Contributions by the community
Pie chart of grants made to Alaska organizations in 2012 by category.
Trends in Northwest Giving
In Alaska, grantmaking by community foundations more than doubled, up 111% to over $6 million. However, overall giving to the state was down by $15 million. This decline is slightly skewed by reporting methods, which capture the total amount of multi-year gifts in the year of their award. Additionally, nine funders located outside of Alaska significantly decreased their giving to the state. Public benefit organizations received more than $40 million in grants in 2012. The largest grant in the category was also the largest overall grant to the state—$11.9 million to the Alaska Village Electric Cooperative, a nonprofit utility, by The Denali Commission. In total, the Alaska Village Electric Cooperative received 28% ($15.8 million) of all funds to the public benefit category. Grants allocated to renewable and clean energy, energy assistance and energy education or advocacy efforts composed 20% (nearly $25 million) of all grantmaking to the state.
- Total giving by 44 organizations: $122,218,002
- Median grant: $6,824
- Number of grants: 1,737
- Change in giving from 2010:1 -20%
1Changes in funding are based on data from 35 funders who gave in 2010 and 2012.
Top 10 Grantmakers to Alaska, 20122
- The Denali Commission (AK)
- Alaska Mental Health Trust Authority (AK)
- Rasmuson Foundation (AK)
- Tanana Chiefs Conference (AK)
- Campion Foundation (WA)
- Gordon and Betty Moore Foundation (CA)
- ConocoPhillips (AK)
- The Alaska Community Foundation (AK)
- Arctic Native Slope Association LTD (AK)
- Alaska Conservation Foundation (AK)
2Giving by Alaska Native Regional Corporations is not within the scope of this report; we want to acknowledge that the list of top 10 funders and the overall contributions to the state would differ considerably if this data were included.
Every two years, Philanthropy Northwest collects, codes and analyzes data on foundation and corporate giving to nonprofits located in Alaska, Idaho, Montana, Oregon, Washington and Wyoming. Because Form 990 schedules and funder reporting cycles are often not in sync with the calendar year, we analyze data from two years prior to the report year; for example, this 2014 report includes grant data from 2012, while our 2012 report includes grant data from 2010, and so on.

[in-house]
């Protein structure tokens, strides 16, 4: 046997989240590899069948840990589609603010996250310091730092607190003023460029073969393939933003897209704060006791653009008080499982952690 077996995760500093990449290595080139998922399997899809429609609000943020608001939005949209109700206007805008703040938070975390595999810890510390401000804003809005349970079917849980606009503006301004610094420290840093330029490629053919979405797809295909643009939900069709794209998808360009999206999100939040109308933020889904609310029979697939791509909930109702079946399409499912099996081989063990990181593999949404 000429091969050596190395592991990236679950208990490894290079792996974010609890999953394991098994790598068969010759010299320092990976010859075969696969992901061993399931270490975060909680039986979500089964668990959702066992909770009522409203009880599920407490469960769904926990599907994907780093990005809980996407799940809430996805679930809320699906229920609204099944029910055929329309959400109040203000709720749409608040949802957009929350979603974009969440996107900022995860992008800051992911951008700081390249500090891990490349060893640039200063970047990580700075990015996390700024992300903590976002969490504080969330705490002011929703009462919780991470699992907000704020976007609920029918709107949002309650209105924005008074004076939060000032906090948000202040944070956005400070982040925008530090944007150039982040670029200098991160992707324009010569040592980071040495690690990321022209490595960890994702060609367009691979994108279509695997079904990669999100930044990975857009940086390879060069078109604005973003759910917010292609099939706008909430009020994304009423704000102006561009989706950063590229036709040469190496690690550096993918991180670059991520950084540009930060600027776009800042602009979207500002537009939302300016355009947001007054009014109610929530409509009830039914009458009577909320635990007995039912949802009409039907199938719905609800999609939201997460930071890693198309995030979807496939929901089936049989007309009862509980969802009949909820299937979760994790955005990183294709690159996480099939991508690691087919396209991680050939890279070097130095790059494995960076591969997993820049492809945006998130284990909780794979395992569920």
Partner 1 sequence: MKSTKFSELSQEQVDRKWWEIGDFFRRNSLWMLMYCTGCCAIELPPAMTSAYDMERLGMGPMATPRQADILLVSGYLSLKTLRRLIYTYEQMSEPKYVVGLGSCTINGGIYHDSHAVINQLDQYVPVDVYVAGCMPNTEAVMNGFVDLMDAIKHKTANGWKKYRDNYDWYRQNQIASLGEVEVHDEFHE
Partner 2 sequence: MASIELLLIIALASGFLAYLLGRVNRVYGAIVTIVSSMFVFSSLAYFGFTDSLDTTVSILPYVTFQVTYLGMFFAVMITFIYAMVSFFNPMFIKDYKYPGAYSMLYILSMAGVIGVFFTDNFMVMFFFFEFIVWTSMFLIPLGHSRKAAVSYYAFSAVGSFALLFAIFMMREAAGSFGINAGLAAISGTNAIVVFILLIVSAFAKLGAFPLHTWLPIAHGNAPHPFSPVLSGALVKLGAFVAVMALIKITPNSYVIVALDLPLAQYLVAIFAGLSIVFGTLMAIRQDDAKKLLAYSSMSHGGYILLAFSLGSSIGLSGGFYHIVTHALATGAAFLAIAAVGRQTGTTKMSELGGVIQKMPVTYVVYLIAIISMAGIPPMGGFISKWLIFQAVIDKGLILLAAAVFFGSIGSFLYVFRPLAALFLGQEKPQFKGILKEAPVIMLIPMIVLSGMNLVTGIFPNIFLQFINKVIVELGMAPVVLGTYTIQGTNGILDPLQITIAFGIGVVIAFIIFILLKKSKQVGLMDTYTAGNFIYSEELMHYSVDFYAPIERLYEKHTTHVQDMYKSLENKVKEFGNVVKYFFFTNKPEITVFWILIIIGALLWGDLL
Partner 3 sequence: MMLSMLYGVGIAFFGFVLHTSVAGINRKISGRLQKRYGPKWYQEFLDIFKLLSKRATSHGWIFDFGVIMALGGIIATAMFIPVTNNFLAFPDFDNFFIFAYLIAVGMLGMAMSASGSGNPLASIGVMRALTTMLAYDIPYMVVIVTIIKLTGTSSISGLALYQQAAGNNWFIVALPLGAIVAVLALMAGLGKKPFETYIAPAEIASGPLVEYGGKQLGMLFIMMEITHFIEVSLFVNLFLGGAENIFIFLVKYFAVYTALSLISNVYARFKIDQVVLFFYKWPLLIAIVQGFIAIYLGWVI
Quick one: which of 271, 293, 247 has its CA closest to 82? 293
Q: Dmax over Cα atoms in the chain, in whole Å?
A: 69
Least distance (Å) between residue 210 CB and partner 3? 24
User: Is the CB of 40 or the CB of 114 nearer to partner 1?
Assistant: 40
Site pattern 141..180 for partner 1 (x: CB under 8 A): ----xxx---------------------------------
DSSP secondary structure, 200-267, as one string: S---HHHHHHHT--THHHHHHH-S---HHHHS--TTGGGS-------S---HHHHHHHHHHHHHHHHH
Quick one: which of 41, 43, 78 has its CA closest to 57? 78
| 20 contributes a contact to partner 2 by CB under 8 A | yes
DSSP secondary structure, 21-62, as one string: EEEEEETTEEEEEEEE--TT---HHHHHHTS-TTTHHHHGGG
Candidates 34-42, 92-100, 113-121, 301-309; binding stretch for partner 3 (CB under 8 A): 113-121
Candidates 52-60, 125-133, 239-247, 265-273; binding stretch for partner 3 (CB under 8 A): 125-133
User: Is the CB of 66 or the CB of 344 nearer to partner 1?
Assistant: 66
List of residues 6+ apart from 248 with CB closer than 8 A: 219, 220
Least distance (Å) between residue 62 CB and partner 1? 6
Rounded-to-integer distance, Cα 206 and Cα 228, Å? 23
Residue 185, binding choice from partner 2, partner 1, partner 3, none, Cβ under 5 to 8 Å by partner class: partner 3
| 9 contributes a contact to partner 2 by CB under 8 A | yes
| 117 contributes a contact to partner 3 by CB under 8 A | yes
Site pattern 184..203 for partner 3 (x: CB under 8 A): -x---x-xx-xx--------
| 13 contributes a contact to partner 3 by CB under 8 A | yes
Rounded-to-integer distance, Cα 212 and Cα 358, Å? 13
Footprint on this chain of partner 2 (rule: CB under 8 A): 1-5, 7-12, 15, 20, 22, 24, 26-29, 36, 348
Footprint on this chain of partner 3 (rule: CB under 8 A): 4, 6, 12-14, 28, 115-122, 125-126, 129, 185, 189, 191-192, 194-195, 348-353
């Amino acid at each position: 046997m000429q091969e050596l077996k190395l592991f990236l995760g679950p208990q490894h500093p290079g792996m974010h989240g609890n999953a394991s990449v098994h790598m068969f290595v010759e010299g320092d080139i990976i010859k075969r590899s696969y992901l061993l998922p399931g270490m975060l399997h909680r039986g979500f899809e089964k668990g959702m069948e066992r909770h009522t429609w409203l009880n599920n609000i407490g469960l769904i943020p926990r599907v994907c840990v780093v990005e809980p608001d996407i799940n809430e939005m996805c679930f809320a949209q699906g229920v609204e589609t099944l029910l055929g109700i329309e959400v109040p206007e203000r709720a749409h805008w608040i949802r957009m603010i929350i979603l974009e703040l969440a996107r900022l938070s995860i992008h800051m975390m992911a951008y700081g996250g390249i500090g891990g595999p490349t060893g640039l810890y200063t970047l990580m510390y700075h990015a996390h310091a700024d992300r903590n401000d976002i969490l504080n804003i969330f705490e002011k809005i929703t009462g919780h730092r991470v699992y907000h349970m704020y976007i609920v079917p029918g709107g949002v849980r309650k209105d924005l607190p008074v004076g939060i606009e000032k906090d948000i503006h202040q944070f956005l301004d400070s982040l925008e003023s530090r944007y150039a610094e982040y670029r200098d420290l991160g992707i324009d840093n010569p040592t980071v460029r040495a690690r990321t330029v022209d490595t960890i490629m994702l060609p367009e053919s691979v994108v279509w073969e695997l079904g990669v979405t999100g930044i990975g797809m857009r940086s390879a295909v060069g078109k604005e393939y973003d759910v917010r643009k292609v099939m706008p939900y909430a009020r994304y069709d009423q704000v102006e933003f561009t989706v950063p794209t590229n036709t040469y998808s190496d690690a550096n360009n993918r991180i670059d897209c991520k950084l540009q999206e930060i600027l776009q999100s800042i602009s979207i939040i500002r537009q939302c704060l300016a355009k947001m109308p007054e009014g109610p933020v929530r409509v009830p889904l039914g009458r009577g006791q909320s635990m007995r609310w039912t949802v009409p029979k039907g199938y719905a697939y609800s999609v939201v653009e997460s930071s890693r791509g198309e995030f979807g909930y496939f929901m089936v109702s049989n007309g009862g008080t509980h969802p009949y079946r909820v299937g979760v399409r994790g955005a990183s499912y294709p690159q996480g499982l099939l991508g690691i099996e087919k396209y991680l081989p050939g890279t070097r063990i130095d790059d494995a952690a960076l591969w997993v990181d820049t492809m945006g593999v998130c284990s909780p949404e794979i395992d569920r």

Trends in Northwest Giving uses grant data from several sources: Philanthropy Northwest members, national foundations who give to the Northwest, IRS Form 990s, foundation websites and the Foundation Center. Our findings represent a sample of the more than 3,000 foundations in our region.
How do we collect and code the data?
- We actively reach out to nearly one thousand Northwest-based foundations and corporations, regardless of Philanthropy Northwest membership status.
- We partner with the Foundation Center to collect data from the top funders to our region, regardless of their location.
- We prioritize collecting data from the same foundations year over year so we can offer a robust analysis of trends over time.
- We code our data according to national standards set by National Center for Charitable Statistics. These standards are used by the IRS and are the basis for Foundation Center coding methods.
What’s included in our dataset?
- Grants of $1,000 or more
- Community foundations: discretionary grants, unrestricted, donor advised funds, scholarships
- Corporates: cash, cash matching, dollars for doers, sponsorships
- Grants approved for future distribution (e.g. multi-year grants in award year)
- Grants from public charities other than community foundations (except United Ways)
What’s not included?
- In-kind donations
- Mission investments
- Grants or scholarships less than $1,000
- Direct employee cash contributions
- Program-related expenses and other non-grant related expenses that count towards foundation payout rates
Reprinted in the April 2015 print edition of Alaska Business Monthly, from “Trends in Northwest Giving 2014.”
Used with permission from Philanthropy Northwest. Download the full report: philanthropynw.org/trends14